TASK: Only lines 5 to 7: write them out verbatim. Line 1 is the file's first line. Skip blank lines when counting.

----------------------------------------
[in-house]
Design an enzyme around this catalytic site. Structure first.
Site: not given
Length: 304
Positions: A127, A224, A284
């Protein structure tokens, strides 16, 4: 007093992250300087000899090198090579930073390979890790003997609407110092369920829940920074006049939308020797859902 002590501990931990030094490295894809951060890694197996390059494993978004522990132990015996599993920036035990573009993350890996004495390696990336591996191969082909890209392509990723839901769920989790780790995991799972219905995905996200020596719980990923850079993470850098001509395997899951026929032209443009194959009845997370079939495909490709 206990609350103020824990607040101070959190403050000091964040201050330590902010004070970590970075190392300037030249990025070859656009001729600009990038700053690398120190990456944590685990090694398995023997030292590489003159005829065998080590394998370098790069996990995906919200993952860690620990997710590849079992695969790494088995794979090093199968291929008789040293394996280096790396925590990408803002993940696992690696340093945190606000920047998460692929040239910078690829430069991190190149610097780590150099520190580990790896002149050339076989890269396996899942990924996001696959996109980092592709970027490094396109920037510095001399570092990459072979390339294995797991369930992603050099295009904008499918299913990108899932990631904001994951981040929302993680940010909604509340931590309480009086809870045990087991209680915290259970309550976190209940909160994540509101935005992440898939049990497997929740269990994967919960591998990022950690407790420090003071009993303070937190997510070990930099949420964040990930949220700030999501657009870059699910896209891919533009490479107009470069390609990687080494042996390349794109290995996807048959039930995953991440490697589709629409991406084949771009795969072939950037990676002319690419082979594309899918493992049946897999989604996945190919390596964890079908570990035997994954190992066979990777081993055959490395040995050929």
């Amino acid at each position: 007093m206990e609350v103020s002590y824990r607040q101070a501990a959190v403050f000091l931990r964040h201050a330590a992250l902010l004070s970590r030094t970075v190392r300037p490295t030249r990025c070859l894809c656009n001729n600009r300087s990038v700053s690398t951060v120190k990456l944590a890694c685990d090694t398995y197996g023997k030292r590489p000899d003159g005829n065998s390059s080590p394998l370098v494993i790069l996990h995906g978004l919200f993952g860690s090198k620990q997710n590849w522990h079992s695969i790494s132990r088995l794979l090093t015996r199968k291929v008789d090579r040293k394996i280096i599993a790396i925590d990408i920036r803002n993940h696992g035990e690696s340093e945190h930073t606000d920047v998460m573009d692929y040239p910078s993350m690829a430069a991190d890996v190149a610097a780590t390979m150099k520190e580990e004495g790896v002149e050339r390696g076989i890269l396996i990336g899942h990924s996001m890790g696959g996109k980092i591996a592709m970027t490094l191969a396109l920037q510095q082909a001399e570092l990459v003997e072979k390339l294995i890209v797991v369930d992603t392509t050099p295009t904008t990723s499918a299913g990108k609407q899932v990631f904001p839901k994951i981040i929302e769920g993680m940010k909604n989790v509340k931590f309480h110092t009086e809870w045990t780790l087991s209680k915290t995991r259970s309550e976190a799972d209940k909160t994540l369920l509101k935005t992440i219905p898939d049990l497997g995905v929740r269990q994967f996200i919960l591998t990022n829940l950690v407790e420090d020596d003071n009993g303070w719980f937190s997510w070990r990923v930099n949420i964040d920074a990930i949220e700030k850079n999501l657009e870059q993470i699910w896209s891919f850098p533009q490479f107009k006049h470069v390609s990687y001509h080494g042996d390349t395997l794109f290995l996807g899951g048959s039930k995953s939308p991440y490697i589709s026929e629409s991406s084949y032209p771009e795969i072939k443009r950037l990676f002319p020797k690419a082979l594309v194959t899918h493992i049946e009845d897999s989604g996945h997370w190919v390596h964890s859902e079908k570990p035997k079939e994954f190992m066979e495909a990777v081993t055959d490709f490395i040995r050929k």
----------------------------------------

Positions: A127, A224, A284
């Protein structure tokens, strides 16, 4: 007093992250300087000899090198090579930073390979890790003997609407110092369920829940920074006049939308020797859902 002590501990931990030094490295894809951060890694197996390059494993978004522990132990015996599993920036035990573009993350890996004495390696990336591996191969082909890209392509990723839901769920989790780790995991799972219905995905996200020596719980990923850079993470850098001509395997899951026929032209443009194959009845997370079939495909490709 206990609350103020824990607040101070959190403050000091964040201050330590902010004070970590970075190392300037030249990025070859656009001729600009990038700053690398120190990456944590685990090694398995023997030292590489003159005829065998080590394998370098790069996990995906919200993952860690620990997710590849079992695969790494088995794979090093199968291929008789040293394996280096790396925590990408803002993940696992690696340093945190606000920047998460692929040239910078690829430069991190190149610097780590150099520190580990790896002149050339076989890269396996899942990924996001696959996109980092592709970027490094396109920037510095001399570092990459072979390339294995797991369930992603050099295009904008499918299913990108899932990631904001994951981040929302993680940010909604509340931590309480009086809870045990087991209680915290259970309550976190209940909160994540509101935005992440898939049990497997929740269990994967919960591998990022950690407790420090003071009993303070937190997510070990930099949420964040990930949220700030999501657009870059699910896209891919533009490479107009470069390609990687080494042996390349794109290995996807048959039930995953991440490697589709629409991406084949771009795969072939950037990676002319690419082979594309899918493992049946897999989604996945190919390596964890079908570990035997994954190992066979990777081993055959490395040995050929």
């Amino acid at each position: 007093m206990e609350v103020s002590y824990r607040q101070a501990a959190v403050f000091l931990r964040h201050a330590a992250l902010l004070s970590r030094t970075v190392r300037p490295t030249r990025c070859l894809c656009n001729n600009r300087s990038v700053s690398t951060v120190k990456l944590a890694c685990d090694t398995y197996g023997k030292r590489p000899d003159g005829n065998s390059s080590p394998l370098v494993i790069l996990h995906g978004l919200f993952g860690s090198k620990q997710n590849w522990h079992s695969i790494s132990r088995l794979l090093t015996r199968k291929v008789d090579r040293k394996i280096i599993a790396i925590d990408i920036r803002n993940h696992g035990e690696s340093e945190h930073t606000d920047v998460m573009d692929y040239p910078s993350m690829a430069a991190d890996v190149a610097a780590t390979m150099k520190e580990e004495g790896v002149e050339r390696g076989i890269l396996i990336g899942h990924s996001m890790g696959g996109k980092i591996a592709m970027t490094l191969a396109l920037q510095q082909a001399e570092l990459v003997e072979k390339l294995i890209v797991v369930d992603t392509t050099p295009t904008t990723s499918a299913g990108k609407q899932v990631f904001p839901k994951i981040i929302e769920g993680m940010k909604n989790v509340k931590f309480h110092t009086e809870w045990t780790l087991s209680k915290t995991r259970s309550e976190a799972d209940k909160t994540l369920l509101k935005t992440i219905p898939d049990l497997g995905v929740r269990q994967f996200i919960l591998t990022n829940l950690v407790e420090d020596d003071n009993g303070w719980f937190s997510w070990r990923v930099n949420i964040d920074a990930i949220e700030k850079n999501l657009e870059q993470i699910w896209s891919f850098p533009q490479f107009k006049h470069v390609s990687y001509h080494g042996d390349t395997l794109f290995l996807g899951g048959s039930k995953s939308p991440y490697i589709s026929e629409s991406s084949y032209p771009e795969i072939k443009r950037l990676f002319p020797k690419a082979l594309v194959t899918h493992i049946e009845d897999s989604g996945h997370w190919v390596h964890s859902e079908k570990p035997k079939e994954f190992m066979e495909a990777v081993t055959d490709f490395i040995r050929k």